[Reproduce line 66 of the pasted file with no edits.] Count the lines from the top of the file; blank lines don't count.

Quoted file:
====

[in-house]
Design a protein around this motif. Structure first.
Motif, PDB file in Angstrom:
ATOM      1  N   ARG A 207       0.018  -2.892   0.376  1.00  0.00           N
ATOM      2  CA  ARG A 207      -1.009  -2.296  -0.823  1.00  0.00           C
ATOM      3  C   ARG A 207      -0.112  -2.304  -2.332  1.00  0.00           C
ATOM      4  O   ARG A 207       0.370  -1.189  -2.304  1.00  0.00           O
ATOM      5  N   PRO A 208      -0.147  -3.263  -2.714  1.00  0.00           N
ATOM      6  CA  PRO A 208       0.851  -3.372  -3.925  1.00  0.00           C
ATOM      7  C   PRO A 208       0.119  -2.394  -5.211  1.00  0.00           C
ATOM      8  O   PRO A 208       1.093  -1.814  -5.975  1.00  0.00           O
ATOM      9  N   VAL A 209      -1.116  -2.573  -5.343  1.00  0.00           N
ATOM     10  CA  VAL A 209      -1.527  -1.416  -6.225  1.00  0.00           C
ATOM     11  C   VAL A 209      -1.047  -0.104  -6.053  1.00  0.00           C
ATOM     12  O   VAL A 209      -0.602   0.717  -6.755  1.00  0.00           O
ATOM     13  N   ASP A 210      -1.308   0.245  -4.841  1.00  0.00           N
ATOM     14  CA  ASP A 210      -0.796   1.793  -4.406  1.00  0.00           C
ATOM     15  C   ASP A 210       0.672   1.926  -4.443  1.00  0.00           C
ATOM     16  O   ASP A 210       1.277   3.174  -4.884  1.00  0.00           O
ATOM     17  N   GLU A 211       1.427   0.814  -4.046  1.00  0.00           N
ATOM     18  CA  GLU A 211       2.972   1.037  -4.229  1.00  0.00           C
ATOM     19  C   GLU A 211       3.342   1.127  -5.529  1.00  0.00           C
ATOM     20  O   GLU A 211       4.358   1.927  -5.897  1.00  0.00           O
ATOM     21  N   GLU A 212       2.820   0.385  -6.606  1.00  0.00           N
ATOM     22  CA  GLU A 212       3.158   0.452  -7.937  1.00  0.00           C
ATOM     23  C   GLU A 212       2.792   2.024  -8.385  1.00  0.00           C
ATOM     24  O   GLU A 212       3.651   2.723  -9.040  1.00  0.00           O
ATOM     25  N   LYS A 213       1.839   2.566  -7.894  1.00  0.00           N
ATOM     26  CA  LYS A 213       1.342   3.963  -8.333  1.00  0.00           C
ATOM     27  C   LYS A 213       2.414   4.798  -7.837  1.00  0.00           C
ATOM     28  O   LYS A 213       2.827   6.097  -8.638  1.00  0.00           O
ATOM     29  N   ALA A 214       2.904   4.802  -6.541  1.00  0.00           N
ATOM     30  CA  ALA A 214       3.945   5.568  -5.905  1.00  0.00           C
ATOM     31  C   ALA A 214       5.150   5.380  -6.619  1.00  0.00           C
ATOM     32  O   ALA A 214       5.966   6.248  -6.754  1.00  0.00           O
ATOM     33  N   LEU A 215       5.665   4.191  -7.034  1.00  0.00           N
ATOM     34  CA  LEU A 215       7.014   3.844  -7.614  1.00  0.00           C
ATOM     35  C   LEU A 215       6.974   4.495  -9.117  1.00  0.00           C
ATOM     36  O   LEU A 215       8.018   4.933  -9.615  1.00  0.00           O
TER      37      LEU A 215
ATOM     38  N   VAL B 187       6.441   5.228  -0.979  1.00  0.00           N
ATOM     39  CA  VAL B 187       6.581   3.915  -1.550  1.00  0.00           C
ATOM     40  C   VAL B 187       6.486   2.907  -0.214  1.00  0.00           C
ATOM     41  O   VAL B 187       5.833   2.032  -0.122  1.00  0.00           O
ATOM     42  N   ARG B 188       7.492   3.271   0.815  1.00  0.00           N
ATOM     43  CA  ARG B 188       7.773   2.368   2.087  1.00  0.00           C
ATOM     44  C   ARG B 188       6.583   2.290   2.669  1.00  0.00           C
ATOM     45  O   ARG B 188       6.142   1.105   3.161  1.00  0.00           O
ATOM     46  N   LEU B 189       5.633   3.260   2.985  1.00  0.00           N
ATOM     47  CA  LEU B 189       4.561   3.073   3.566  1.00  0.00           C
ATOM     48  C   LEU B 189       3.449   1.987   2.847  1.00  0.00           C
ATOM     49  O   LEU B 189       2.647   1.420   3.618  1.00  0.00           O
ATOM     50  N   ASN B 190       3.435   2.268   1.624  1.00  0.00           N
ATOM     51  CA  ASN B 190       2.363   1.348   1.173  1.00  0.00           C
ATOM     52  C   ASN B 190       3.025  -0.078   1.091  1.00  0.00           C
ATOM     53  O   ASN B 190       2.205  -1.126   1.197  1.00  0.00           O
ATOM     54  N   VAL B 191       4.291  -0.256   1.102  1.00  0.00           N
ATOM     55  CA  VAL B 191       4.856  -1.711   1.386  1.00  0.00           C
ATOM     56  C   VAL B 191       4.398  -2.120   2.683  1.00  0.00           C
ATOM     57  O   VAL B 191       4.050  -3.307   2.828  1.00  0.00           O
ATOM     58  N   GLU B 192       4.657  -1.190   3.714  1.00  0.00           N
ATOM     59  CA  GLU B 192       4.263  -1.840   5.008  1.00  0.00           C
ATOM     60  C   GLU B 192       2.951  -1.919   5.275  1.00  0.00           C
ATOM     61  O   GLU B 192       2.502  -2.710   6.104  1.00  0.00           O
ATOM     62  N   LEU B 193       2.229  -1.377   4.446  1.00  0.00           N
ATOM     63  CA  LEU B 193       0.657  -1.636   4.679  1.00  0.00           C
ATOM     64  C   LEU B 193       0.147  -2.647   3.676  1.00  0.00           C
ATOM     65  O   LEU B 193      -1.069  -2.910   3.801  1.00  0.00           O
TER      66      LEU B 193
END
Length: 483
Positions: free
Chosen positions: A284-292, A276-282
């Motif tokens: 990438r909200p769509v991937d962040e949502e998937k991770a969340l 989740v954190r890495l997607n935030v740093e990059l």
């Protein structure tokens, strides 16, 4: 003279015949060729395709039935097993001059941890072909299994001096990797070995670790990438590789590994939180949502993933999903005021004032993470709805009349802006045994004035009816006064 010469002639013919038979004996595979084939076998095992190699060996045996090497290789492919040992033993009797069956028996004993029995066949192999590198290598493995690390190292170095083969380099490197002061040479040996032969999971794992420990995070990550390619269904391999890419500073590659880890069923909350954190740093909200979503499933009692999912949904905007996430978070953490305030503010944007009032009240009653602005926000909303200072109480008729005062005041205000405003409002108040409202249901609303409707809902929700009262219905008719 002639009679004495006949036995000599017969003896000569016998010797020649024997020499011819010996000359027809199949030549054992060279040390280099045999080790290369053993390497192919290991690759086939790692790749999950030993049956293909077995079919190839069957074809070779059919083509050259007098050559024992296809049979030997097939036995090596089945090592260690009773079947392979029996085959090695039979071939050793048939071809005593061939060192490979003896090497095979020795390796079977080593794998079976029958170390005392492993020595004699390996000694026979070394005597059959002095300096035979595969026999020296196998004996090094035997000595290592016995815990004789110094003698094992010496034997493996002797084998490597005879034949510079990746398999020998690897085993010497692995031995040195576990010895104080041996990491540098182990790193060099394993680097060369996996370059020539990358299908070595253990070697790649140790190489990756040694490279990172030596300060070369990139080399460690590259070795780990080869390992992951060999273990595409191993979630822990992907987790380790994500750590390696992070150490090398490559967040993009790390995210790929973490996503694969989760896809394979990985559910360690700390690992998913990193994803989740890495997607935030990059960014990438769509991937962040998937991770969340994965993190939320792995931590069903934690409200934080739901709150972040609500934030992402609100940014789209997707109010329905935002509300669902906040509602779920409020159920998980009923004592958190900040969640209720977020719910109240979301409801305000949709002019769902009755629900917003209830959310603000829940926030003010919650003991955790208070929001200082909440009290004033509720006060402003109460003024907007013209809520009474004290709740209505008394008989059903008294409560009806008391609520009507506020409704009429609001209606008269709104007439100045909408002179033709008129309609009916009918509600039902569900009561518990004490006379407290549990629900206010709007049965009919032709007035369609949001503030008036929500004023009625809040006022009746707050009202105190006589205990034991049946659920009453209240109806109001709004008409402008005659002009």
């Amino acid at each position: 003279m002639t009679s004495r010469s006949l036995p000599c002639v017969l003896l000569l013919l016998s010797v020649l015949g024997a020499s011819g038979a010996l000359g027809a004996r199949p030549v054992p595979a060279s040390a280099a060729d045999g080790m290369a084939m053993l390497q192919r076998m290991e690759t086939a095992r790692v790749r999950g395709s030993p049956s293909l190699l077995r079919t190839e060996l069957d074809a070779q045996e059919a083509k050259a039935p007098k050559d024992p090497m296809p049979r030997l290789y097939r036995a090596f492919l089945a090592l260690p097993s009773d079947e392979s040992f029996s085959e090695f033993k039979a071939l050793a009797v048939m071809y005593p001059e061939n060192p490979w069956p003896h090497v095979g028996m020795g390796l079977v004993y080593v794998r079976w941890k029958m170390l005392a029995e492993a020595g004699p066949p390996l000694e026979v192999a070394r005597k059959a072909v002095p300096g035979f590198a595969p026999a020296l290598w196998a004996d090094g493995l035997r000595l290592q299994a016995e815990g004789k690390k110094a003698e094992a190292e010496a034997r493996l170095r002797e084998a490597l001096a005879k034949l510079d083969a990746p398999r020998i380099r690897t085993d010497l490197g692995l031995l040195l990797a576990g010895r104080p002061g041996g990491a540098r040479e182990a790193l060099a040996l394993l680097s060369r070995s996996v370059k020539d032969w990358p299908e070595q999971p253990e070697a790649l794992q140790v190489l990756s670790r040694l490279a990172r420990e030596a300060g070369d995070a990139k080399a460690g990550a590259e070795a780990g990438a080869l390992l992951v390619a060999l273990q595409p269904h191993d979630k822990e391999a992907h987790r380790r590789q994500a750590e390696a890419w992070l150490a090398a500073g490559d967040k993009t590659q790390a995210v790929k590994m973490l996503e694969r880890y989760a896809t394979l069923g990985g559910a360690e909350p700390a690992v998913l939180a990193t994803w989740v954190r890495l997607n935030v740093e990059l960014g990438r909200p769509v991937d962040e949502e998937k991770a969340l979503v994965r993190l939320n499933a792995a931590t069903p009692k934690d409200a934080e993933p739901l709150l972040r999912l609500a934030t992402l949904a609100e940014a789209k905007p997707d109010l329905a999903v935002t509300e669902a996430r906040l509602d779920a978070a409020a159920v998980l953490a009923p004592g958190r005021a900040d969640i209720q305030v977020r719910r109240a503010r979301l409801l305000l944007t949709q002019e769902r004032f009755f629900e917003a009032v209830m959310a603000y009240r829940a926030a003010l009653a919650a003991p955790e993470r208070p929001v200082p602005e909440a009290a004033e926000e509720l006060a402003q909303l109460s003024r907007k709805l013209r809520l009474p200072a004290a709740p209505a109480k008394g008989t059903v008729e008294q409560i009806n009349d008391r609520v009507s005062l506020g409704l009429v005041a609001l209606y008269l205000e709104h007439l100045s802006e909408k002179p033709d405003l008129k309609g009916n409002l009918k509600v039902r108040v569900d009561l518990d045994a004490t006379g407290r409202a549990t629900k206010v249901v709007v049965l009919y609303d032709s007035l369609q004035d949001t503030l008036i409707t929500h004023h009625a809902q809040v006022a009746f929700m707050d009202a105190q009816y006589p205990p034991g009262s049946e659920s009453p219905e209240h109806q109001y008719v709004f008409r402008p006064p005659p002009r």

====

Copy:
ATOM     63  CA  LEU B 193       0.657  -1.636   4.679  1.00  0.00           C